YouTubers' identities are being sold as NFTs without their consent

At least three prominent gaming YouTubers have spoken out against the NFTs.

A handful of YouTubers best known for creating gaming content have had their likenesses made into NFTs without even being given a heads-up. At least three prominent YouTubers — Caddicarus, James Stephanie Sterling, and Alanah Pearce — have spoken out about the NFTs thus far.

The NFTs all link back to one OpenSea user by the name of StakeTheWeb, Eurogamer reports. “Frankly not surprised that some freeloading leech turned my channel into an NFT,” James Stephanie Sterling tweeted Saturday evening.

OpenSea / screenshot by Input

Some of the NFTs have reportedly been posted to StakeTheWeb’s OpenSea page for months now. At the time of this writing, though, the user’s OpenSea profile has been wiped from the site entirely. OpenSea tells Input in an emailed statement:

It is against our policy to sell NFTs that violate the publicity rights of others. We regularly enforce this in multiple ways, including delisting and banning accounts when we are notified that usage of a likeness is not authorized. Furthermore, we have a zero tolerance policy for NCII (non consensual intimate imagery). NFTs using NCII or similar images (including images doctored to look like someone that they are not) are prohibited, and we move quickly to ban accounts that post this material. We are actively expanding our efforts across customer support, trust and safety, and site integrity so we can move faster to protect and empower our community and creators."

NFT moderation is… bad — There’s plenty of harmful content all across the internet — just scroll through Facebook or Twitter for a few minutes and you’ll stumble across something, surely. With NFTs, that problem is made significantly worse by the very limited moderation efforts in place for the digital art ecosystem. That’s how you end up with exploitative projects like these George Floyd NFTs.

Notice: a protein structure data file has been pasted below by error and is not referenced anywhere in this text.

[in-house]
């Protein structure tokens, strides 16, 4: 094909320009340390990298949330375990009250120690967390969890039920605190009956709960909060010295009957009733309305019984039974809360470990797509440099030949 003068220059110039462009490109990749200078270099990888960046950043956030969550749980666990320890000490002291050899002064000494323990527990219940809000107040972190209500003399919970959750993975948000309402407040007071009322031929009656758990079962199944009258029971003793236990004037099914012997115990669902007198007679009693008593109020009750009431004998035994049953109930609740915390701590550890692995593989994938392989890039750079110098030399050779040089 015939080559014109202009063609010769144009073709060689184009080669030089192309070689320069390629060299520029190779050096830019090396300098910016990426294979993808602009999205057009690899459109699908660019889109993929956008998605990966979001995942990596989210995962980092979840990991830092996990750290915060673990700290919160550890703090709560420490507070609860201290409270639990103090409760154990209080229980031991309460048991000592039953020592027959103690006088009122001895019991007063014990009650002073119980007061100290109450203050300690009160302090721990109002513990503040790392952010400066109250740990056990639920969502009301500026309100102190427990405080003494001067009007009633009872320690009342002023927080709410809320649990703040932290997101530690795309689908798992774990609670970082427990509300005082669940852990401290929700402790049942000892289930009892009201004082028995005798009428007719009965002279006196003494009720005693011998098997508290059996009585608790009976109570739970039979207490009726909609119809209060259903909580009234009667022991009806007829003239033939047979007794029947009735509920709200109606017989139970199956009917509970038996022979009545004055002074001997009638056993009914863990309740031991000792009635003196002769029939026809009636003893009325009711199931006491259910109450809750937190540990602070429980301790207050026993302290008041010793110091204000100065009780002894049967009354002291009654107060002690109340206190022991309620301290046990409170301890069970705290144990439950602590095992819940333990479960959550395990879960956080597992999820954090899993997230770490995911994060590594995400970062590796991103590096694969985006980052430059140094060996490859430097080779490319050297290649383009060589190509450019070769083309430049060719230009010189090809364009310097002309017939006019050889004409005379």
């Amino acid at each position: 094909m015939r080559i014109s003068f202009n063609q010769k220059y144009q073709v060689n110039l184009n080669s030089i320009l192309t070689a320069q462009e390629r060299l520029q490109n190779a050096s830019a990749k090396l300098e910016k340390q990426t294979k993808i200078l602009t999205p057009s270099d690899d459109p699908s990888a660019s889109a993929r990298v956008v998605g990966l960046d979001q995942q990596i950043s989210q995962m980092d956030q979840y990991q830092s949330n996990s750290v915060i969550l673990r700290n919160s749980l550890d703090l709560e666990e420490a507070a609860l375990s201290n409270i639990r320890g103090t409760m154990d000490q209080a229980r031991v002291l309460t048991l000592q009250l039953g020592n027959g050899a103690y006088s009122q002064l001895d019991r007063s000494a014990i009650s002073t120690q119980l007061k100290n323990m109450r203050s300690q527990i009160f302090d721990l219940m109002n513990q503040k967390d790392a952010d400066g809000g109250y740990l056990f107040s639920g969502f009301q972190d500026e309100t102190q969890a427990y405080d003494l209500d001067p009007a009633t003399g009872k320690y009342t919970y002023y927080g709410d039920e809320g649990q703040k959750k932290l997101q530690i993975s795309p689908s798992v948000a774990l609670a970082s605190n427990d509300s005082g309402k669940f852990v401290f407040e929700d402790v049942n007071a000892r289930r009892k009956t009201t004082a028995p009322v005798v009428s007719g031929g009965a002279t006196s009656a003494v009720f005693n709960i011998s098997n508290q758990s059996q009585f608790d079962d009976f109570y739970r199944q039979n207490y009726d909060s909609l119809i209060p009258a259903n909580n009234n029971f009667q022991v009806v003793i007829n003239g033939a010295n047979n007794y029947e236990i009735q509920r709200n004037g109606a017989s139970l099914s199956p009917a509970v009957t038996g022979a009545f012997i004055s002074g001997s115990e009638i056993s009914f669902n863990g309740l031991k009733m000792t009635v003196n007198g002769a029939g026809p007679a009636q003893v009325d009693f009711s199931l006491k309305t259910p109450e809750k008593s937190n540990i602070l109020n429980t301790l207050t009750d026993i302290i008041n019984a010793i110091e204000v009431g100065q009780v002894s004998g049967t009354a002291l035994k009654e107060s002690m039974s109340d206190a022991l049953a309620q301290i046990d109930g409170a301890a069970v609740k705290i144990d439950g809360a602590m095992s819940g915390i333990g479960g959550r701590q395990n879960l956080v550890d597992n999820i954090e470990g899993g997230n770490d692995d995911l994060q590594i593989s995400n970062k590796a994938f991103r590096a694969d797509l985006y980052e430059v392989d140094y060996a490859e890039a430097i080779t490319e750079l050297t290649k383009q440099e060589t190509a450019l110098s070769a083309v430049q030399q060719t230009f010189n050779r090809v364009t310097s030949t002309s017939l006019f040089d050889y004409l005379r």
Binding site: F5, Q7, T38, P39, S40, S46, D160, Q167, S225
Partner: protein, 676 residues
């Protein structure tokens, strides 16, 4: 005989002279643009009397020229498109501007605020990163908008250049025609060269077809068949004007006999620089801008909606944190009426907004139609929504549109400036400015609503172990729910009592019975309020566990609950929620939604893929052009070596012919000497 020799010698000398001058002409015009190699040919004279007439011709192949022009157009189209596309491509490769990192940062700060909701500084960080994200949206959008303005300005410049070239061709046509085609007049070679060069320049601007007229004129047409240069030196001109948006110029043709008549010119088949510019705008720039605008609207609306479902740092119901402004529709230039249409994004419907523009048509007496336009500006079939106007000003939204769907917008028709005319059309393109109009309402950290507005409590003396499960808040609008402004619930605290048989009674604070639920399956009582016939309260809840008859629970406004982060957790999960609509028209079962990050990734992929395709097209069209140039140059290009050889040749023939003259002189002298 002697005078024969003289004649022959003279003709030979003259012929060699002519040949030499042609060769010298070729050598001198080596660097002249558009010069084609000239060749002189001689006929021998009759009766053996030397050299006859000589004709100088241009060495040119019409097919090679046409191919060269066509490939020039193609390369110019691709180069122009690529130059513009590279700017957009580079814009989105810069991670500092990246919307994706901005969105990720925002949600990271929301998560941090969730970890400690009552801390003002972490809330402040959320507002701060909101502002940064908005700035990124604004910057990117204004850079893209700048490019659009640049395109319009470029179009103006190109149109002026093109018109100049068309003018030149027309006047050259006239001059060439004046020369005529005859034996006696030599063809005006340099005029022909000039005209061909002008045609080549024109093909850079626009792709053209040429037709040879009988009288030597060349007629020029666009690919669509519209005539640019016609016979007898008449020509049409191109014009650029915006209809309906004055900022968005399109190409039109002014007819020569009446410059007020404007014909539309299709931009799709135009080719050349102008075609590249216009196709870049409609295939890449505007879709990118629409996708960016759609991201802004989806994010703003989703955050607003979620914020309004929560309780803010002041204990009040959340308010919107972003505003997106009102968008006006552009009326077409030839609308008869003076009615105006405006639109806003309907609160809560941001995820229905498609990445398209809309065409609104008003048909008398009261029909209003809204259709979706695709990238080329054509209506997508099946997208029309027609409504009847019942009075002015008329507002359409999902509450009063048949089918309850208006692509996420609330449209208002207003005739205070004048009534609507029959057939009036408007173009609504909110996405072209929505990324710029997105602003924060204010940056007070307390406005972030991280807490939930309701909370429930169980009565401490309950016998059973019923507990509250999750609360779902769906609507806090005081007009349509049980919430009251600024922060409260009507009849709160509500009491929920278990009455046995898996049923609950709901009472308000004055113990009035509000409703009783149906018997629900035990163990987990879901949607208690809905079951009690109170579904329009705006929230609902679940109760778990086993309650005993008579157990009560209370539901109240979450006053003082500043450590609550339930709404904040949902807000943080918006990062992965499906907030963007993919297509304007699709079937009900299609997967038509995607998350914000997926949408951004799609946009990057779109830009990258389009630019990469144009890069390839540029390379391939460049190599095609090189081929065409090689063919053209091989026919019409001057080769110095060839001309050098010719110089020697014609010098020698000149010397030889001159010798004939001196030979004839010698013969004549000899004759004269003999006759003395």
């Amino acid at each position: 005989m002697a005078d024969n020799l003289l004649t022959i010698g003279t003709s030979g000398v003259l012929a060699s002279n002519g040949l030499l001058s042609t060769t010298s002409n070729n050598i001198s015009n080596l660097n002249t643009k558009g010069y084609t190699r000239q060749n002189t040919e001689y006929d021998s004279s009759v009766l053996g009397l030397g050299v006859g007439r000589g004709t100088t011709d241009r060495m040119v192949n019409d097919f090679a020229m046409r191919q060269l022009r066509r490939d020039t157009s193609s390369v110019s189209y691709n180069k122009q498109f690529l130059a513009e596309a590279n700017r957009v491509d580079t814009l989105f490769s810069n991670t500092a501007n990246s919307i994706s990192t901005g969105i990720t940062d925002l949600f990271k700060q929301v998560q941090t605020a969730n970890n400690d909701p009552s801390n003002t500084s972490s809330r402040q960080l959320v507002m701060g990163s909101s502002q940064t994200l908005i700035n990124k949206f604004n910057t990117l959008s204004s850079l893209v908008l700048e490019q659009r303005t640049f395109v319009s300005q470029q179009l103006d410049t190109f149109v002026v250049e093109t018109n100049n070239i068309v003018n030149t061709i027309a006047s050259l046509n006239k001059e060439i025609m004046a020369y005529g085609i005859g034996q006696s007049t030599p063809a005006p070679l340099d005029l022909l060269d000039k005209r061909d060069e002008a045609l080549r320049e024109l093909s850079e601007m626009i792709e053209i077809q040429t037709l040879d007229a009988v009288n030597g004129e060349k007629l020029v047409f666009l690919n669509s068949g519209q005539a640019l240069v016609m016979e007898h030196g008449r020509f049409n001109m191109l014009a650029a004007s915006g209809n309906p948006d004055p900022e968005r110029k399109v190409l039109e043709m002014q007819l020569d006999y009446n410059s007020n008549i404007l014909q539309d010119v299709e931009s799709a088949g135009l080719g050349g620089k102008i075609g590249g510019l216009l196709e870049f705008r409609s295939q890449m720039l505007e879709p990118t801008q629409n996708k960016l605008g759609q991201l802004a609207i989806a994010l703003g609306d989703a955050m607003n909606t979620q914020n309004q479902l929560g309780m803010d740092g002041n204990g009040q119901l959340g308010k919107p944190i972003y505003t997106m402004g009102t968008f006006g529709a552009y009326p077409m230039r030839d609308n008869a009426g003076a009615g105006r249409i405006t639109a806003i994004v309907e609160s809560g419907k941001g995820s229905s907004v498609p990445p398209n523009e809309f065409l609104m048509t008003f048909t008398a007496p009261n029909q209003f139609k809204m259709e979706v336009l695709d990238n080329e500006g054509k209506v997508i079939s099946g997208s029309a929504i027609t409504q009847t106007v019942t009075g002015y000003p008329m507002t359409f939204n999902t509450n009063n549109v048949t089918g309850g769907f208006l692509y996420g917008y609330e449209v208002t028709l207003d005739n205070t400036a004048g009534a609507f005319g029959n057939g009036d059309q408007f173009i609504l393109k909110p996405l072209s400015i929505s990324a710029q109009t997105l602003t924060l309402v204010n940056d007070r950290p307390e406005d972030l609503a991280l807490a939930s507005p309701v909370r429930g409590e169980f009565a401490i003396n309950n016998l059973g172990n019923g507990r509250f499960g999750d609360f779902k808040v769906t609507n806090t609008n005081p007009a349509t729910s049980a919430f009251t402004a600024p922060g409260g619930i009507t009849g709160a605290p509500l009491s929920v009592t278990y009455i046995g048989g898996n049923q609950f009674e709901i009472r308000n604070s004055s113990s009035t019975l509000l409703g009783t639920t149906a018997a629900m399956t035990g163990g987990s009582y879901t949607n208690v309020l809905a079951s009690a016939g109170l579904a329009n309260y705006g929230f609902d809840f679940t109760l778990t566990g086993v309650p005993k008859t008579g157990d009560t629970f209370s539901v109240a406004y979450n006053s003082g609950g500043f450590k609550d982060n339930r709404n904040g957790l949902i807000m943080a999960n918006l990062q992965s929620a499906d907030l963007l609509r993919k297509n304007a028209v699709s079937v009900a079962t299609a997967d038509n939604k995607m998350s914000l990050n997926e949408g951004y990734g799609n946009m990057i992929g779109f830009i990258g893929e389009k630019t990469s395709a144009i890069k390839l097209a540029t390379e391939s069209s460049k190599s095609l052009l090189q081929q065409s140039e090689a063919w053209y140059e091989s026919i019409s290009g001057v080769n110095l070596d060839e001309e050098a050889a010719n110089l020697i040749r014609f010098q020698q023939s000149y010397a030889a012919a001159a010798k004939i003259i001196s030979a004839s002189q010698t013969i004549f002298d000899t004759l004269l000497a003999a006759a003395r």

OpenSea’s Terms of Service does contain an extensive list of content not allowed on the site, including anything that infringes upon intellectual property owned by others. But OpenSea didn’t notice these NFTs for months on end. If third parties hadn’t brought the issue to light, those NFTs might still be available for purchase today.

Is this legal? — The NFT marketplace is a hotbed of scams and other unsavory activity. While some artists do use the blockchain for genuine sales, plenty of others use it for a quick cash grab. You can sell basically anything you want as an NFT — because no one is checking the validity of your product. Any intellectual property is fair game as long as no one takes the time to investigate your claim to it.

If we put the NFT part of this equation on hold for a moment, the legality of using someone’s likeness as a separate piece of art is very much up for debate. Some celebrities have won cases against artists who did just that, while in other cases the court has sided with the artist.